A Lousy Investment Worth Looking Into
By Dennis Miller
One of the biggest challenges facing many retirees is how to bridge the gap between ever-rising expenses and virtually stagnant Social Security checks and other sources of income.
In a recent edition of Miller’s Money Forever, our team took an in-depth look at reverse mortgages, something many retirees turn to for extra income. I can safely say that for most people, they are a poor investment but not necessarily a bad idea.
With a reverse mortgage on your home, the bank sends you a monthly check until your 100th birthday. There are some upfront fees, and with each monthly check your mortgage increases. You must continue to live in your home as your primary residence. If you move out and sell, any remaining equity after the sale is yours to keep. If the mortgage is higher than your home’s selling price, you don’t have to make up the difference.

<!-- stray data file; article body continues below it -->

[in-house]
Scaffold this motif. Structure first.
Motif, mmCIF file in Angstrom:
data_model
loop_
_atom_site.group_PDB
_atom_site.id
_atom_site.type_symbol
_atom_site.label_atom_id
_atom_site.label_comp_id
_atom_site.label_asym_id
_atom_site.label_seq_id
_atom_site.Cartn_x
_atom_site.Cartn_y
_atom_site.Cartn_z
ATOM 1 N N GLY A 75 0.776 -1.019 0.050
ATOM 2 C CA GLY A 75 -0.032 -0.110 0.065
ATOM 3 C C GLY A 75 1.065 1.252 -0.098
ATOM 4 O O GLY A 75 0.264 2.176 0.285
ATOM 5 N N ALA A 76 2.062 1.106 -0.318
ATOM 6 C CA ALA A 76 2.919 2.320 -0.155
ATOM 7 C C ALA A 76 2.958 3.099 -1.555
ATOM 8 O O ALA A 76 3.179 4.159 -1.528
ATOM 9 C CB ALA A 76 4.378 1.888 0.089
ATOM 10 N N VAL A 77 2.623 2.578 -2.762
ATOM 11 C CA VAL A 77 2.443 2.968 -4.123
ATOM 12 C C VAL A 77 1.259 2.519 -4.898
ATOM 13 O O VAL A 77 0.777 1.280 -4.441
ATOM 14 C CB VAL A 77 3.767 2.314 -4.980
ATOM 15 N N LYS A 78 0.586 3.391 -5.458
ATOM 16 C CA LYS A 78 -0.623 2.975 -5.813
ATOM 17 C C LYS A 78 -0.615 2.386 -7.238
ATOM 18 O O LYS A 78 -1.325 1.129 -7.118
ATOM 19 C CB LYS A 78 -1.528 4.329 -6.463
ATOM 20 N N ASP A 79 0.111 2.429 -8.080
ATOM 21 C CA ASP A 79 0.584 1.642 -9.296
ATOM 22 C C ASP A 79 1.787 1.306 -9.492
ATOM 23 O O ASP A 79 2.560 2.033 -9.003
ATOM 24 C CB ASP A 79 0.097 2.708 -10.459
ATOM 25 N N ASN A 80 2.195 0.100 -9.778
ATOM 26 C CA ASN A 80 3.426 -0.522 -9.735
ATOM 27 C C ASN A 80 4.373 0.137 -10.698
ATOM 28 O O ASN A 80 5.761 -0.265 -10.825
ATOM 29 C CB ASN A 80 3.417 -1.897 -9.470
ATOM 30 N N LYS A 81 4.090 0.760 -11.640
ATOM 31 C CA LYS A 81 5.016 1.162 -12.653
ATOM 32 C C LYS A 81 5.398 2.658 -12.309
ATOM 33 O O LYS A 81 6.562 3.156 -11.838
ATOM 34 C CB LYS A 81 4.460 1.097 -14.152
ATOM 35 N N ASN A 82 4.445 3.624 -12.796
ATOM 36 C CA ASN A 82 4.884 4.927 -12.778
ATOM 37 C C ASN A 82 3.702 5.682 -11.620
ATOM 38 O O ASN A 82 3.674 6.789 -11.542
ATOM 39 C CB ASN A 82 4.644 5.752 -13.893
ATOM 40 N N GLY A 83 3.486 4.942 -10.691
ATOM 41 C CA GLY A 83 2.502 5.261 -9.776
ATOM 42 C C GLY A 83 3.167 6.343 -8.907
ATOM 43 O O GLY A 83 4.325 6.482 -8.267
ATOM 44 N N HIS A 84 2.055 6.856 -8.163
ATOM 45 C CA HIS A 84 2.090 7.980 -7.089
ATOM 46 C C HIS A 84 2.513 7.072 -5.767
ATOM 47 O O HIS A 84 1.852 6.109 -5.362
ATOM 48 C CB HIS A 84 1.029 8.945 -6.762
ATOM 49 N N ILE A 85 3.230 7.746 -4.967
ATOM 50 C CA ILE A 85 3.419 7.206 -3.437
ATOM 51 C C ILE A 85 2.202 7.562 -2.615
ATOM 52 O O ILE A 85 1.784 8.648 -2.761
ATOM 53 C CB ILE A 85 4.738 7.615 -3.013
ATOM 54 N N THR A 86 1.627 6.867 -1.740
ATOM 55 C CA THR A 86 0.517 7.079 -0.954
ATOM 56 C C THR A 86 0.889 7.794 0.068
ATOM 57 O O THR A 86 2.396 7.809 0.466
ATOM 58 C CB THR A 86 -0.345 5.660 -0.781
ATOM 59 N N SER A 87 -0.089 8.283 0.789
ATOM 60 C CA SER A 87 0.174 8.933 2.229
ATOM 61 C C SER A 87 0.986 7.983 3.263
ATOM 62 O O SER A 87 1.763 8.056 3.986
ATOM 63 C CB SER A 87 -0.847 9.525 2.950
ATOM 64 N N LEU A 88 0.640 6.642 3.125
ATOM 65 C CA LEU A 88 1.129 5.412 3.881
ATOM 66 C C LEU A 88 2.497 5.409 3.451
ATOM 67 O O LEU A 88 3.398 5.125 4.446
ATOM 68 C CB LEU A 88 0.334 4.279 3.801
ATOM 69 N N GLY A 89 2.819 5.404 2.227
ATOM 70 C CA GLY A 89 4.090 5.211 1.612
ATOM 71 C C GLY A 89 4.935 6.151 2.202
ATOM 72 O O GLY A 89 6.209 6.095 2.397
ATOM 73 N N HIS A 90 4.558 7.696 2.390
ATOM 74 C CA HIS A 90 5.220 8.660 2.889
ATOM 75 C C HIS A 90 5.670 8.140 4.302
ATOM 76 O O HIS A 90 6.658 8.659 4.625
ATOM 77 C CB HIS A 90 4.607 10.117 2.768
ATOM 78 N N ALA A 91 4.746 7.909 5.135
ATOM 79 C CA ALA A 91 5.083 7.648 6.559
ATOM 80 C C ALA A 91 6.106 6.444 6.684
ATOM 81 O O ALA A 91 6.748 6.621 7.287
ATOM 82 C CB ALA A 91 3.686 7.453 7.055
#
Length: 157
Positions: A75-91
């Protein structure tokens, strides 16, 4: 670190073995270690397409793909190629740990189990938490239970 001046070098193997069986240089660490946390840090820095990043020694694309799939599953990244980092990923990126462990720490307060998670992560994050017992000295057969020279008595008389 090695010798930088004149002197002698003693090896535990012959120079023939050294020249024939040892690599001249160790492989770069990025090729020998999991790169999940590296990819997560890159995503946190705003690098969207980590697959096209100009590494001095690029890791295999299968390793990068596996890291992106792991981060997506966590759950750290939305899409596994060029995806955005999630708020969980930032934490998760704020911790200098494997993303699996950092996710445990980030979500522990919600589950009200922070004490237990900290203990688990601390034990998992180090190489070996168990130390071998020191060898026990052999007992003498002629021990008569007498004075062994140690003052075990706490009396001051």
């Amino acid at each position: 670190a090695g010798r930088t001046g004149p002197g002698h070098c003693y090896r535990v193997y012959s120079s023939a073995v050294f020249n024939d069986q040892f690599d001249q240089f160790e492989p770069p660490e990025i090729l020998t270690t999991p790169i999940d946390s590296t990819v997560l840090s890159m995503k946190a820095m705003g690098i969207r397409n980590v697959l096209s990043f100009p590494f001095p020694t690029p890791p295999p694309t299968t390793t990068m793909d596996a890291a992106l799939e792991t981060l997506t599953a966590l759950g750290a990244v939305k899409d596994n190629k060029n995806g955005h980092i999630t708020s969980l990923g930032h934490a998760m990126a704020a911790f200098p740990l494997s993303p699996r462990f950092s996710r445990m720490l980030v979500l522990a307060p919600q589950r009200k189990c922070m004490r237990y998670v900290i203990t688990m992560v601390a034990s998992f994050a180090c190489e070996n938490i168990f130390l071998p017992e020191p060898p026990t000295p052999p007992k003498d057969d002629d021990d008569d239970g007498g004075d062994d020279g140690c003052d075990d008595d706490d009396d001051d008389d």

It sure sounds nice, and yet the only way to turn a reverse mortgage into a great investment is to live a long life and stay in your home. The odds are stacked against you, as you must outlive your actuarial lifespan by five years or so to make it a good investment. If your health takes a turn for the worse and you need to move to an assisted-living facility, those checks stop coming.
With a reverse mortgage, you’re bargaining with your home, which for most folks is a large part of their personal wealth. And you don’t find out whether it’s a good or bad investment until you either die or move out.
Fortunately, Housing and Urban Development (HUD) housing counseling is mandated for 95% of reverse mortgages. For any retiree struggling to meet monthly expenses, I recommend meeting with a HUD counselor in your area. Even if a reverse mortgage is not right for you, there are other options and many state and federal programs to help keep seniors in their home.